In one of those old cartoons that — for better or for worse — taught moral lessons to a couple of generations of Americans, Bugs Bunny and Daffy Duck come across a Middle Eastern cave filled with treasure. Searching every corner to make sure that he hasn’t missed a penny, Daffy comes across a magic lamp, and its jinni does what jinnis do and offers him wishes.
But Daffy fears that the jinni is really after his gold, so he stuffs him back into the lamp… temporarily, before the jinni shoots back out and declares that there will be consequences. The duck dismisses the threat, saying, “Consequences, schmonsequences, as long as I’m rich.”
The cartoon ends with Bugs’ finding a pearl in a seaside oyster and a miniaturized Daffy appearing to claim it. “Mine! Mine! I’m a happy miser.”
The first is by Roger Kimball. I saw Mr. Kimball speak some years back, at the Portsmouth Institute’s inaugural conference, on William F. Buckley. Kimball told of sailing with WFB… and then buying the boat from him. That is to say that, in externalities, he fits the image of the conservative aristocrat.
That did not protect him from Hurricane Sandy, and it is not protecting him from the zoning zealots of Connecticut. Roger (dear fellow) was not aware that he needed a government permit to tear out and replace internal building materials that had spent some time under salt water. His discovery sent him into the realm of surreal regulation:
Before you could get a building permit, however, you had to be approved by the Zoning Authority. And Zoning—citing FEMA regulations—would force you to bring the house “up to code,” which in many cases meant elevating the house by several feet. Now, elevating your house is very expensive and time consuming—not because of the actual raising, which takes just a day or two, but because of the required permits.
Kafka would have liked the zoning folks. There also is a limit on how high in the sky your house can be. That calculation seems to be a state secret, but it can easily happen that raising your house violates the height requirement. Which means that you can’t raise the house that you must raise if you want to repair it. Got that?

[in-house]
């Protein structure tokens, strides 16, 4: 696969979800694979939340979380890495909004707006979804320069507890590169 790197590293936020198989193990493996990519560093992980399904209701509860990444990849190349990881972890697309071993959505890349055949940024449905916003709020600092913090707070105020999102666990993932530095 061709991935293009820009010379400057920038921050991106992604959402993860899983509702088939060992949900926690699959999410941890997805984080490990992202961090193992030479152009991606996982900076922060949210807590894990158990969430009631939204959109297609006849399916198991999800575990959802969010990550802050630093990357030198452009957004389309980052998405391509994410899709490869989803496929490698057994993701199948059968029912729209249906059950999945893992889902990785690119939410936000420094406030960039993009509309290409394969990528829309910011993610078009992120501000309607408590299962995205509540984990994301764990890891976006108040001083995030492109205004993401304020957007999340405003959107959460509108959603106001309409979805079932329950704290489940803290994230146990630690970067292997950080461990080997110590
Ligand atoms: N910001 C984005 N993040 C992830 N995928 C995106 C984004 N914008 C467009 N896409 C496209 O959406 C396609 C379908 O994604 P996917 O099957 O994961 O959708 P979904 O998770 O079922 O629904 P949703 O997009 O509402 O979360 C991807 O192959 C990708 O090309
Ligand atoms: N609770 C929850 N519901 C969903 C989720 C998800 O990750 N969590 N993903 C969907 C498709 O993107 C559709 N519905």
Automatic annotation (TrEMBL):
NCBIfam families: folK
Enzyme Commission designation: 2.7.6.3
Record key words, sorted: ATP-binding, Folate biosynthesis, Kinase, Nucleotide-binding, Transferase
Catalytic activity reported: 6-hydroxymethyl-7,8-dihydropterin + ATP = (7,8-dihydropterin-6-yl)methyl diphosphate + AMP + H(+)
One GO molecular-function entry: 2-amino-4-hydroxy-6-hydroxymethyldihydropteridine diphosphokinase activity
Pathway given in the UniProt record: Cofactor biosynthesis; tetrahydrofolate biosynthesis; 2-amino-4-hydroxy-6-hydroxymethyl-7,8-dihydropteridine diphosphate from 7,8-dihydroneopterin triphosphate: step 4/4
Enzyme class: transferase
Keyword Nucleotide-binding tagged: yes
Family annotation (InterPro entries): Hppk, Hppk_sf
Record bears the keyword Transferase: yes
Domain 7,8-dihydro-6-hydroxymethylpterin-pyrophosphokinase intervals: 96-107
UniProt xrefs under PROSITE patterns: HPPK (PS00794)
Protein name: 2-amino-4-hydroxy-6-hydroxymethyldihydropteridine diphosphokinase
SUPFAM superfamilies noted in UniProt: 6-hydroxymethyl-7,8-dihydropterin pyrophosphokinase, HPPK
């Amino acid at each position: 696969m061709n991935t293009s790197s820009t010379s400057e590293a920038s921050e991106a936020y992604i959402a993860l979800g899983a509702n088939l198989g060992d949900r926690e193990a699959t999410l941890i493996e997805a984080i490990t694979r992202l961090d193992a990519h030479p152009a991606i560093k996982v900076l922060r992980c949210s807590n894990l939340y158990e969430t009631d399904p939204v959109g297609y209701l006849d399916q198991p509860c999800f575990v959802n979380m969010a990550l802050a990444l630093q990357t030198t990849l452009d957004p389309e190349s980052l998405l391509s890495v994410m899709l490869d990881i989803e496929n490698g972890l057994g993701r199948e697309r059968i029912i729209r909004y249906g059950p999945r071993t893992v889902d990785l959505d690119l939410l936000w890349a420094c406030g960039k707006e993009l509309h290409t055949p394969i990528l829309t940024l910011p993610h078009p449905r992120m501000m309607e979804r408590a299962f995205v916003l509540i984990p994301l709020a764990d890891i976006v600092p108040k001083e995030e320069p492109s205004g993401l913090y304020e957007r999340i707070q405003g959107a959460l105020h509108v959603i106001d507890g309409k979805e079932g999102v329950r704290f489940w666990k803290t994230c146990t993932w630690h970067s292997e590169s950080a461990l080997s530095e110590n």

The schmonsequences of this actuality include, among others, that thousands of dollars that otherwise might have been spent much more productively in our nation’s struggling economy are going to temporary housing and government fees, as well as payments to people to help the family navigate the artificially imposed rules of building.
(By artificial, I mean the rules exist independently of natural things like the laws of physics and the properties of lumber.)
In his essay, Thomas Sowell argues that this difficulty is more than just a gnat nagging at the one-percent:
San Francisco is a classic example of a city unexcelled in its liberalism. But the black population of San Francisco today is less than half of what it was back in 1970, even though the city’s total population has grown.
Severe restrictions on building housing in San Francisco have driven rents and home prices so high that blacks and other people with low or moderate incomes have been driven out of the city.
Government interference, in other words, lays like a restrictive film across the economy and the society. The result is not some minor inconveniences to people who can afford to deal with them. It is a broad inability of people to advance their situation, and to do the sorts of things that help others to advance theirs. Even the minor aspect of wealthy Kimballs’ renting living space helps inflate the cost of rentals throughout his region, during a time when homes have been destroyed.
Sowell’s topic is much broader, though. In his view, the principle applies in non-economic ways, as well. Affirmative action, for instance, forces a mismatch of candidates with positions, leading to outcomes that aren’t ideal for either. And as for social matters:
The black family survived centuries of slavery and generations of Jim Crow, but it has disintegrated in the wake of the liberals’ expansion of the welfare state. Most black children grew up in homes with two parents during all that time but most grow up with only one parent today.
Statism, like Daffy Duck, only has eyes for the treasure — in its case, the authority to decree that things must be as its adherents believe they should be. Houses must be so many feet above the ground and only so high. Student bodies should consist of so many proportions of each demographic group. “The rich” should (via costly government services) ensure that the natural consequences of personal decisions and misfortune do not threaten such hardship as to affect behavior.
The jinni of human nature will not return to the bottle, though, and scant thought is given to possible outcomes. Moreover, limited safeguards are in place to allow a course correction once bureaucracies have been born. What we get, therefore, is a small-in-the-sense-of-petty government structure that is more concerned with preserving its rules than with allowing the human beings whom it is supposed to serve to thrive.